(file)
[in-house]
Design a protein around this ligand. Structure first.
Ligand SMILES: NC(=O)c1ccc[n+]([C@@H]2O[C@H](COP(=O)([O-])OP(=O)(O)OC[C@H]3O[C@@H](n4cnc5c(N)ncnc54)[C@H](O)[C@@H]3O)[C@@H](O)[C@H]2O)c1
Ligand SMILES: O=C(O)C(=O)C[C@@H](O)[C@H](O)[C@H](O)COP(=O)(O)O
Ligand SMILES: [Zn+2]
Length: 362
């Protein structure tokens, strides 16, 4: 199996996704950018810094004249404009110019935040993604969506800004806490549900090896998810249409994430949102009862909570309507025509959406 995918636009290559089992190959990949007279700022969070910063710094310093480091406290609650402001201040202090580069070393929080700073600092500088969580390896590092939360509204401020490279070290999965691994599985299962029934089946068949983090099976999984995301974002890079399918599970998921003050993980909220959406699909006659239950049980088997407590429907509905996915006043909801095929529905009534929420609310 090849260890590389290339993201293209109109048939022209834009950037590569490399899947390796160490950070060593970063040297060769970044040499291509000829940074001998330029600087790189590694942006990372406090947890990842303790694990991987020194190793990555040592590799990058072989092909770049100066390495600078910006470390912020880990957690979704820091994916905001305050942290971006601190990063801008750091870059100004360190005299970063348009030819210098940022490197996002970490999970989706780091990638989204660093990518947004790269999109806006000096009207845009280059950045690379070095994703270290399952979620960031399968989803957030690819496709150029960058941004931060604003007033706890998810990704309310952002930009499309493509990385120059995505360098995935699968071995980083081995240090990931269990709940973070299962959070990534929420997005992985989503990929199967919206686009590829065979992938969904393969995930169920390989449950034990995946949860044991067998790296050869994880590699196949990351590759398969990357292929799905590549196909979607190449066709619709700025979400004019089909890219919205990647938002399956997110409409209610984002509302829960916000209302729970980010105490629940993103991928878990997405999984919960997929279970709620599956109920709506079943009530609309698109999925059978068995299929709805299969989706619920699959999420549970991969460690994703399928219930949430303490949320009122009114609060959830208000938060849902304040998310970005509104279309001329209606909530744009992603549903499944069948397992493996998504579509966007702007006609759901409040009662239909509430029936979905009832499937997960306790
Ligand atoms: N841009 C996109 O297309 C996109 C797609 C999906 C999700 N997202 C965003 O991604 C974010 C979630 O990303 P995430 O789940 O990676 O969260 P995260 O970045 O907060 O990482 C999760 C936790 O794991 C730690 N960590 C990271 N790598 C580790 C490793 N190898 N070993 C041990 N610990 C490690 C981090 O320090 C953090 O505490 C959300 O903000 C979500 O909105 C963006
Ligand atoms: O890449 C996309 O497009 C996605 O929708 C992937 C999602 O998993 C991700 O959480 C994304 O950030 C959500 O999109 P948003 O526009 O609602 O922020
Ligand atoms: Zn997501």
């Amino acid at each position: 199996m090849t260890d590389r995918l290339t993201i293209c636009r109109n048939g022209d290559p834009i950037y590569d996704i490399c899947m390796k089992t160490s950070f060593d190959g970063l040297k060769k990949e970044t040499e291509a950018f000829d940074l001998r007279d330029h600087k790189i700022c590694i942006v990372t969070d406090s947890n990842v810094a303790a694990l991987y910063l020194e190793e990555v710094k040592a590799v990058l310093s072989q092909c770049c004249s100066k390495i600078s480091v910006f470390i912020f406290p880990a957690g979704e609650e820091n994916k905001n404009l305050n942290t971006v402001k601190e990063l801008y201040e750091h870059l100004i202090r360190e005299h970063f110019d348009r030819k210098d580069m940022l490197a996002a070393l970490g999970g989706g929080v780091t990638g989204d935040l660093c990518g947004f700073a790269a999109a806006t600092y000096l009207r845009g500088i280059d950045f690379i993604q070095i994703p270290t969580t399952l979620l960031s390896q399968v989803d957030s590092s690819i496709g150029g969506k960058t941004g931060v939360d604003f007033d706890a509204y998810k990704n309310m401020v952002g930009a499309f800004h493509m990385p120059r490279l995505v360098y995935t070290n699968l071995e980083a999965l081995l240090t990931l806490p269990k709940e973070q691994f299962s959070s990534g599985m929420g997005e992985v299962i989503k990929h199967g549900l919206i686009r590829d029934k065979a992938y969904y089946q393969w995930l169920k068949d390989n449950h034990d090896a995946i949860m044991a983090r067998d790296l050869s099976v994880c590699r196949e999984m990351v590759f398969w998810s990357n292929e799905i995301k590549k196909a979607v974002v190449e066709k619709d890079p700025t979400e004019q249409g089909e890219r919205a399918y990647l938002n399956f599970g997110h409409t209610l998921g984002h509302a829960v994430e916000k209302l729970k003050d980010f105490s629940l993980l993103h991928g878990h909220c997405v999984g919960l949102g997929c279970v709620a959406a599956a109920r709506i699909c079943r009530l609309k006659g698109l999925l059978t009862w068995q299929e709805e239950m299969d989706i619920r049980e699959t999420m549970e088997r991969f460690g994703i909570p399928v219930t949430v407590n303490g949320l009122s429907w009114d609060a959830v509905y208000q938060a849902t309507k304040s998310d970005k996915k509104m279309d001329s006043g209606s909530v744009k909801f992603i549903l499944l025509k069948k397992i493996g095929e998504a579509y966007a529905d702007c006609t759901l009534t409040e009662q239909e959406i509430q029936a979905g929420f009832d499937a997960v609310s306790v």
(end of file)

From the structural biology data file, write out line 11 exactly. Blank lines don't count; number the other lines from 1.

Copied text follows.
């Amino acid at each position: 199996m090849t260890d590389r995918l290339t993201i293209c636009r109109n048939g022209d290559p834009i950037y590569d996704i490399c899947m390796k089992t160490s950070f060593d190959g970063l040297k060769k990949e970044t040499e291509a950018f000829d940074l001998r007279d330029h600087k790189i700022c590694i942006v990372t969070d406090s947890n990842v810094a303790a694990l991987y910063l020194e190793e990555v710094k040592a590799v990058l310093s072989q092909c770049c004249s100066k390495i600078s480091v910006f470390i912020f406290p880990a957690g979704e609650e820091n994916k905001n404009l305050n942290t971006v402001k601190e990063l801008y201040e750091h870059l100004i202090r360190e005299h970063f110019d348009r030819k210098d580069m940022l490197a996002a070393l970490g999970g989706g929080v780091t990638g989204d935040l660093c990518g947004f700073a790269a999109a806006t600092y000096l009207r845009g500088i280059d950045f690379i993604q070095i994703p270290t969580t399952l979620l960031s390896q399968v989803d957030s590092s690819i496709g150029g969506k960058t941004g931060v939360d604003f007033d706890a509204y998810k990704n309310m401020v952002g930009a499309f800004h493509m990385p120059r490279l995505v360098y995935t070290n699968l071995e980083a999965l081995l240090t990931l806490p269990k709940e973070q691994f299962s959070s990534g599985m929420g997005e992985v299962i989503k990929h199967g549900l919206i686009r590829d029934k065979a992938y969904y089946q393969w995930l169920k068949d390989n449950h034990d090896a995946i949860m044991a983090r067998d790296l050869s099976v994880c590699r196949e999984m990351v590759f398969w998810s990357n292929e799905i995301k590549k196909a979607v974002v190449e066709k619709d890079p700025t979400e004019q249409g089909e890219r919205a399918y990647l938002n399956f599970g997110h409409t209610l998921g984002h509302a829960v994430e916000k209302l729970k003050d980010f105490s629940l993980l993103h991928g878990h909220c997405v999984g919960l949102g997929c279970v709620a959406a599956a109920r709506i699909c079943r009530l609309k006659g698109l999925l059978t009862w068995q299929e709805e239950m299969d989706i619920r049980e699959t999420m549970e088997r991969f460690g994703i909570p399928v219930t949430v407590n303490g949320l009122s429907w009114d609060a959830v509905y208000q938060a849902t309507k304040s998310d970005k996915k509104m279309d001329s006043g209606s909530v744009k909801f992603i549903l499944l025509k069948k397992i493996g095929e998504a579509y966007a529905d702007c006609t759901l009534t409040e009662q239909e959406i509430q029936a979905g929420f009832d499937a997960v609310s306790v």